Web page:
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* Did you know that Inside the Apple has recently been released for the first time as an audio book?


Visit Amazon or Audible to download today!


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Thursday, June 28, 2018

Postcard Thursday: The Elevated Railway


Earlier this week, James had a story appear in Curbed about the history of New York's elevated railways. Next week marks the 150th anniversary of the first successful run of what would become the Ninth Avenue El.

You can read the full story at https://ny.curbed.com/2018/6/27/17507424/new-york-city-elevated-train-history-transportation

One small detail the story mentions is the "View of St. Paul’s Church and the Broadway stages, N.Y.," by Hugh Reinagle, a painting that illustrated all the different stage coaches that plied Broadway in the 1830s. Since the print itself wasn't able to be included in the story, we've posted it here.

Enjoy the story!

Thursday, June 14, 2018

Reminder: June 24 FOLK OUT! Walking Tour of Greenwich Village

 

SUNDAY

June 24 at 11:00 AM

In January 1961, Bob Dylan arrived in Greenwich Village during the "coldest winter in seventeen years." Though many today think of the folk revival in terms of Dylan and the 1960s, Woody Guthrie and Pete Seeger had lived in the Village two decades earlier, and -- with the Almanac Singers -- had been a major influence on the shape of post-war American music.
This walking tour will trace the evolution of the folk scene in the Village, including stops at the (mostly former) sites of the coffee houses and clubs where everyone from Dylan to Joan Baez to Tiny Tim played. We'll also talk about the Beat Poets and the influence of the Italian-American community on the development of Greenwich Village as America's "Bohemia."

COST: There's still time to save!

Reservations made on or before June 18 are $20 per person.

Reservations made June 19 and later are $25.

TO RESERVE: Email your name, cell phone number, and the number in your party to walknyc@gmail.com. (You can also reply to this email.)

You'll receive a confirmation with details of where to meet within 24 hours of making your reservation. Payment can be made by cash or credit card at the start of the tour.
 
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Thursday, June 7, 2018

Postcard Thursday: James Renwick + June Folk Walk in Greenwich Village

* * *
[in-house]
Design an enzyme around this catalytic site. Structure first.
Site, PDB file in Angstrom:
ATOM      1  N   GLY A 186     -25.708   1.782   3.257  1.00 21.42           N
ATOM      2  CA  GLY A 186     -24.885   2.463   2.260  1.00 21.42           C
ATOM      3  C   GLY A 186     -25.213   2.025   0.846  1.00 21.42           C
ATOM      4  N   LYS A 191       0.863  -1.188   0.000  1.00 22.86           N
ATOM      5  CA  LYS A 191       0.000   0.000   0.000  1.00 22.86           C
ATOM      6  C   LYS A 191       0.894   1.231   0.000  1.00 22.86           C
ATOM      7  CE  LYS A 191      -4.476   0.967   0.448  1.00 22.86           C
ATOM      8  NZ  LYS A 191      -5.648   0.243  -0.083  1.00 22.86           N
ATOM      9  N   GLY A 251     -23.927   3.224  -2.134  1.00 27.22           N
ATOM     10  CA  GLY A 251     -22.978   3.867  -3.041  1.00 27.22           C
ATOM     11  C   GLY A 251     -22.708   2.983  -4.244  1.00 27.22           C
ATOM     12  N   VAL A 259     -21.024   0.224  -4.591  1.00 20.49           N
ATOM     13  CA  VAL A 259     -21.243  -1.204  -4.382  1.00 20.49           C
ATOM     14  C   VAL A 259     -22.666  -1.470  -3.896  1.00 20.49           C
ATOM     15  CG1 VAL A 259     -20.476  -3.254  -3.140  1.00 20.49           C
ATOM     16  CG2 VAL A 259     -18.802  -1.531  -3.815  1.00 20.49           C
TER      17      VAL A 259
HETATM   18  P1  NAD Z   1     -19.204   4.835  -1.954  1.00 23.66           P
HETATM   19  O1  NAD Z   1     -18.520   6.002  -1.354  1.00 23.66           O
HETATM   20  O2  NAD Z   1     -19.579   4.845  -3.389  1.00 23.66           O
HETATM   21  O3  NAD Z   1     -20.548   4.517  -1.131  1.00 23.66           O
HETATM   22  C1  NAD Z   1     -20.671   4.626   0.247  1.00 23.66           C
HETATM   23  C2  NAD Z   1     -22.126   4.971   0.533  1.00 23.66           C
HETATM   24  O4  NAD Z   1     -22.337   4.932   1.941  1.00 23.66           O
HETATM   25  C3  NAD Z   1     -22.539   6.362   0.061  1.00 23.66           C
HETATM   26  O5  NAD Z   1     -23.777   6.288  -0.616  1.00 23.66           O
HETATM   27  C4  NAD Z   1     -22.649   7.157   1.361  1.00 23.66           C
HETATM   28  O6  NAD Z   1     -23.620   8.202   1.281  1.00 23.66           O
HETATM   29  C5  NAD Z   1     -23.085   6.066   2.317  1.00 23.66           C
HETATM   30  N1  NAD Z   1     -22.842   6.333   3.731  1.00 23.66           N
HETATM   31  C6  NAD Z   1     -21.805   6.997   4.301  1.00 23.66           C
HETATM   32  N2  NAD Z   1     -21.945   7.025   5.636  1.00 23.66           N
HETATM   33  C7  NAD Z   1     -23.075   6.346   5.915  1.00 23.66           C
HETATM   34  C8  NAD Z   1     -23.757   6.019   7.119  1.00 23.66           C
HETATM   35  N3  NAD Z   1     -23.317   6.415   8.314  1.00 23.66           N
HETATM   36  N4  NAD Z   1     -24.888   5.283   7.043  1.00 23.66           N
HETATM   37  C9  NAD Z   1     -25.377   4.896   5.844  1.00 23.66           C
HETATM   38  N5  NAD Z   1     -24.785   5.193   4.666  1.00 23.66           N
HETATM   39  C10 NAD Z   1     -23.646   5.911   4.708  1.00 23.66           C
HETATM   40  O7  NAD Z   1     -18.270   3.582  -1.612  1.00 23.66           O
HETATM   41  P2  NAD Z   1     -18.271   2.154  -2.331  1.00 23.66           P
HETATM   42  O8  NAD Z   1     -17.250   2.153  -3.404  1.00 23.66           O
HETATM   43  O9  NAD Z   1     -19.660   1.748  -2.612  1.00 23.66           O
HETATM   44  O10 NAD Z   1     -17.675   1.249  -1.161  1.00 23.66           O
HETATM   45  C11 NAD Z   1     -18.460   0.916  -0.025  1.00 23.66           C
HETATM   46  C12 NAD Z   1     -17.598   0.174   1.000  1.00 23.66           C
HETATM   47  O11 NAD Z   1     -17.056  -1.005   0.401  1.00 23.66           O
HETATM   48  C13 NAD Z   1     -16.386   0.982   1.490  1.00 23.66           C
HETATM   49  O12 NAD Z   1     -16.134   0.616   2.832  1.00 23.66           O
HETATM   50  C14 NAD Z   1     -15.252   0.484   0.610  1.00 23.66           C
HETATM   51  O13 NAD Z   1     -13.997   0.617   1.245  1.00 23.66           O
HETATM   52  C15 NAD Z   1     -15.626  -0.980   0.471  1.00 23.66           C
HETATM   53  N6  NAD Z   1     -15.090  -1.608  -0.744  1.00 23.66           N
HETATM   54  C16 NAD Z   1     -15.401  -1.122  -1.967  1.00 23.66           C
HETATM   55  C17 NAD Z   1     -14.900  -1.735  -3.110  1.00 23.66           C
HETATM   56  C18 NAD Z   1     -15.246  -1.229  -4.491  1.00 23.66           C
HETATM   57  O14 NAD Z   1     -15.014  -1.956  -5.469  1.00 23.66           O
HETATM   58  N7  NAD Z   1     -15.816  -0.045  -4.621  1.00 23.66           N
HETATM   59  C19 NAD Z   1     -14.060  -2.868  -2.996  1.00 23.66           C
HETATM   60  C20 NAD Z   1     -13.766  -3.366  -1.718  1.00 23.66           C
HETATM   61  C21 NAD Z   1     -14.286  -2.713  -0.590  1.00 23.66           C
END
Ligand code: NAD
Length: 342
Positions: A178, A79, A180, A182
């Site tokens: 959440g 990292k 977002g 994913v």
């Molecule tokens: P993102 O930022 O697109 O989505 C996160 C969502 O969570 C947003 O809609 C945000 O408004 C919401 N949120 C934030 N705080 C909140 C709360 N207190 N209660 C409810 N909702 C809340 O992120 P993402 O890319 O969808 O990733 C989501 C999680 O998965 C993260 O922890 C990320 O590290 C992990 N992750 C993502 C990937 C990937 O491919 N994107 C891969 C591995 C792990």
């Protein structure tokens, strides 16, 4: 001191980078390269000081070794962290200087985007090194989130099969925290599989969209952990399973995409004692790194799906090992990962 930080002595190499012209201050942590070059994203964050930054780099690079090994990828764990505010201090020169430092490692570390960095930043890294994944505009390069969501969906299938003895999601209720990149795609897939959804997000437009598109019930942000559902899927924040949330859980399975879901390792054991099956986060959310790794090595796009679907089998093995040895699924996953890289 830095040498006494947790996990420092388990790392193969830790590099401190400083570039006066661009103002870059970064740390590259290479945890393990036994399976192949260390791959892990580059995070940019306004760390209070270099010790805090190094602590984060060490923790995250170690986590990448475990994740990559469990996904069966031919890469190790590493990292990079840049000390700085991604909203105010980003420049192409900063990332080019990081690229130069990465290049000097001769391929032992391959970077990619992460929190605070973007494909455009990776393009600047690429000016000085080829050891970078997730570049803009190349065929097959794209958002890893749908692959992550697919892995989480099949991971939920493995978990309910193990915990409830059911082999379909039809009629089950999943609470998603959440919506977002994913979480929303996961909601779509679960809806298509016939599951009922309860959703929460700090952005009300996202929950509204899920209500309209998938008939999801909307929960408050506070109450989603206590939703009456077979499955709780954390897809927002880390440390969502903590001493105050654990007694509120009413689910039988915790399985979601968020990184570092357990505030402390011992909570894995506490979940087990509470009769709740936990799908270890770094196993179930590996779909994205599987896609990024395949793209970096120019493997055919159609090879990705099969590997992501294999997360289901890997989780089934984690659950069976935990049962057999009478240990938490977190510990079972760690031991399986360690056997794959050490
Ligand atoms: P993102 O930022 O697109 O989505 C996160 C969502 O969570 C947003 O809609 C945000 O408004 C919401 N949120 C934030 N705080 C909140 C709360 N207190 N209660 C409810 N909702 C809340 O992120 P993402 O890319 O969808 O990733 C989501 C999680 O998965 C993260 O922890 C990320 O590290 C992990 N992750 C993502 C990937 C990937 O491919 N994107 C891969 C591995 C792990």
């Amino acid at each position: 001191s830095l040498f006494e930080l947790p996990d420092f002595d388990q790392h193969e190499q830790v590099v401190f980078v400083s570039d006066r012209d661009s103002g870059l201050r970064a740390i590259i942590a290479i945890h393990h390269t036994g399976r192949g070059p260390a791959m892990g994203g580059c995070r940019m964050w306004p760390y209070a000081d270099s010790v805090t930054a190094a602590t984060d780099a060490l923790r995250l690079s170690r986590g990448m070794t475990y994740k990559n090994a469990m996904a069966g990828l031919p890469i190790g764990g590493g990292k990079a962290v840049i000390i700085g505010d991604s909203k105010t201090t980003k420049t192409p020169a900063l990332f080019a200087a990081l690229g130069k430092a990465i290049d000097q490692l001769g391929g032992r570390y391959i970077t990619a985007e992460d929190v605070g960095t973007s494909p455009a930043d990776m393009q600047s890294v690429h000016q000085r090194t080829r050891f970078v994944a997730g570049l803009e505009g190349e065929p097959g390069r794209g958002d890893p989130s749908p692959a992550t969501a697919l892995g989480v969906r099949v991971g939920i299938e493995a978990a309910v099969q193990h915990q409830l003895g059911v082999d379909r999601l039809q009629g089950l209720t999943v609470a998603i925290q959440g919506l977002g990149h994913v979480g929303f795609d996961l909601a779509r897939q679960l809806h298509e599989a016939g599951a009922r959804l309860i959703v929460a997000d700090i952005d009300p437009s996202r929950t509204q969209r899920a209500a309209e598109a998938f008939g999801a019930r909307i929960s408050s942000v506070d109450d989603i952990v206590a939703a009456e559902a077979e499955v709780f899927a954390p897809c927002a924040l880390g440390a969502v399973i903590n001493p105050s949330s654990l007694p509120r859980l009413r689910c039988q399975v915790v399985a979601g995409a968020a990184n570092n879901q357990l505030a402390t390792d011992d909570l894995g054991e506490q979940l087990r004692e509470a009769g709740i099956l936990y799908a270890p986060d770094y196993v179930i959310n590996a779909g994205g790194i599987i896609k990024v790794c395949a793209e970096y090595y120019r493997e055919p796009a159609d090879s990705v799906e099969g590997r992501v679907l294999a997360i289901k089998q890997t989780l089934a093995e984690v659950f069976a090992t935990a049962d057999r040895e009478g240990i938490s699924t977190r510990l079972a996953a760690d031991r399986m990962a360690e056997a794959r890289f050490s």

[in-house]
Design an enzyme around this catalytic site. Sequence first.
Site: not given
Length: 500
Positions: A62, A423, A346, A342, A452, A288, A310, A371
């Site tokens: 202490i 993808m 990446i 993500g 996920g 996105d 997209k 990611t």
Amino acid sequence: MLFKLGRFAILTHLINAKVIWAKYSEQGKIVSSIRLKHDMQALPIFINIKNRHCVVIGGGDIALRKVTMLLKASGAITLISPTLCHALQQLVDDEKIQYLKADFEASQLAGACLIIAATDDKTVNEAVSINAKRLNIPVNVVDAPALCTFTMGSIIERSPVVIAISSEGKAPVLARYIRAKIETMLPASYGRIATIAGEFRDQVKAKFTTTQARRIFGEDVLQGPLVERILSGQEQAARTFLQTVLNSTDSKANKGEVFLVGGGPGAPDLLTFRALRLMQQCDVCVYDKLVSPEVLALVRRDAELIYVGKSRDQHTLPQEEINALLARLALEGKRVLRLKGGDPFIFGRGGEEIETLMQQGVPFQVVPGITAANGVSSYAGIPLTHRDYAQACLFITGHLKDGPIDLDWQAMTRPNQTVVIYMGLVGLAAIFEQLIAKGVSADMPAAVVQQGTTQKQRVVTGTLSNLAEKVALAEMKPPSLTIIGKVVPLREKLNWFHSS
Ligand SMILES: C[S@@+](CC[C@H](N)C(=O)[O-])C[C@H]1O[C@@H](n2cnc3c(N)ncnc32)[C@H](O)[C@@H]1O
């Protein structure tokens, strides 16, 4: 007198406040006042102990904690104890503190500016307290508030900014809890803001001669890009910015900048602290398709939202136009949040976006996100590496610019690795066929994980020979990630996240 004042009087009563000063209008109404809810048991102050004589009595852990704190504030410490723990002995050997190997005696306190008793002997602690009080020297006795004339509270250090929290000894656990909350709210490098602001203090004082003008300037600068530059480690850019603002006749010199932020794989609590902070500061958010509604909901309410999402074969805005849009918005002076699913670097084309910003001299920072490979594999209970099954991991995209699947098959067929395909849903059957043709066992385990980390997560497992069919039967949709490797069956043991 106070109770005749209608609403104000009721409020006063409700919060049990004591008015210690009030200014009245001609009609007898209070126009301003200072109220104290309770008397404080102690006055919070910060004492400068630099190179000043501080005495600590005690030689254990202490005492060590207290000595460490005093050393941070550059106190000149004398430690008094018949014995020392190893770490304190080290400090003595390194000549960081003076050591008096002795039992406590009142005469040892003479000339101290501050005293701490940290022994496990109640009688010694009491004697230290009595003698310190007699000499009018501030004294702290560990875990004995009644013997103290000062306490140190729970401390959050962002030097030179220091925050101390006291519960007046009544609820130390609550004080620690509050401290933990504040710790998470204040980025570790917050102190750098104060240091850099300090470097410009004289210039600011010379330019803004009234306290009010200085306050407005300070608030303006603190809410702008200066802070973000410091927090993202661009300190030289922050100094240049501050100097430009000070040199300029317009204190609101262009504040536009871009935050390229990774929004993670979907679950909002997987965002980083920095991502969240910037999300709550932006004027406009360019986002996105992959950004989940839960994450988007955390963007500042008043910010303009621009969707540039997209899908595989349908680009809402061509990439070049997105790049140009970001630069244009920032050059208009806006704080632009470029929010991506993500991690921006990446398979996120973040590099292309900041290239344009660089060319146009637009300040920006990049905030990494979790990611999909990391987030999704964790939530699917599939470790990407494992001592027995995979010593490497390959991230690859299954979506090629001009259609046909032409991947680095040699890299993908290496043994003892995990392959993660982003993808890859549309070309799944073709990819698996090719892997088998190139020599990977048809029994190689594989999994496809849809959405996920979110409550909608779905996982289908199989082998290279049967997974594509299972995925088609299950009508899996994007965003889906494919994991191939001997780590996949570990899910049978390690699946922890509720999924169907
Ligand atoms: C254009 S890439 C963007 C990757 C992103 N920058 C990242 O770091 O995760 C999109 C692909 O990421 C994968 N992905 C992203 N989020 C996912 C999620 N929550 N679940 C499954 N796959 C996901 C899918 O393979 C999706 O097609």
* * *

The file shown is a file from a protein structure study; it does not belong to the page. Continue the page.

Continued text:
One hundred and seventy-five years ago, architect James Renwick -- most famous for building St. Patrick's Cathedral -- began his career in New York City with the fountain in Bowling Green Park. While that original fountain is now gone, there are many other examples of his work you can see, which James details in a story in the Real Estate section of today's New York Post.


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In other news, we will be leading a tour of the music scene in Greenwich Village in the era(s) of Woody Guthrie and Bob Dylan.

The tour is Sunday, June 24, at 11:00AM; that's the same day as the Pride March, but we will be creating a route that bypasses the parade.


In January 1961, Bob Dylan arrived in Greenwich Village during the "coldest winter in seventeen years." Though many today think of the folk revival in terms of Dylan and the 1960s, Woody Guthrie and Pete Seeger had lived in the Village two decades earlier, and -- with the Almanac Singers -- had been a major influence on the shape of post-war American music.
This walking tour will trace the evolution of the folk scene in the Village, including stops at the (mostly former) sites of the coffee houses and clubs where everyone from Dylan to Joan Baez to Tiny Tim played. We'll also talk about the Beat Poets and the influence of the Italian-American community on the development of Greenwich Village as America's "Bohemia."

COST: It pays to book now! If you reserve on or before Sunday, June 10, the cost is just $15 per person.

Reservations made between June 11-18 are $20 per person.

Reservations made June 19 and later are $25.

TO RESERVE: Email your name, cell phone number, and the number in your party to walknyc@gmail.com.

You'll receive a confirmation with details of where to meet within 24 hours of making your reservation. Payment can be made by cash or credit card at the start of the tour.





Thursday, May 31, 2018

Postcard Thursday: The End of an Era

On May 31, 1927, the first great era in American automotive history came to an end when the Ford Motor Company ceased production on the Model T.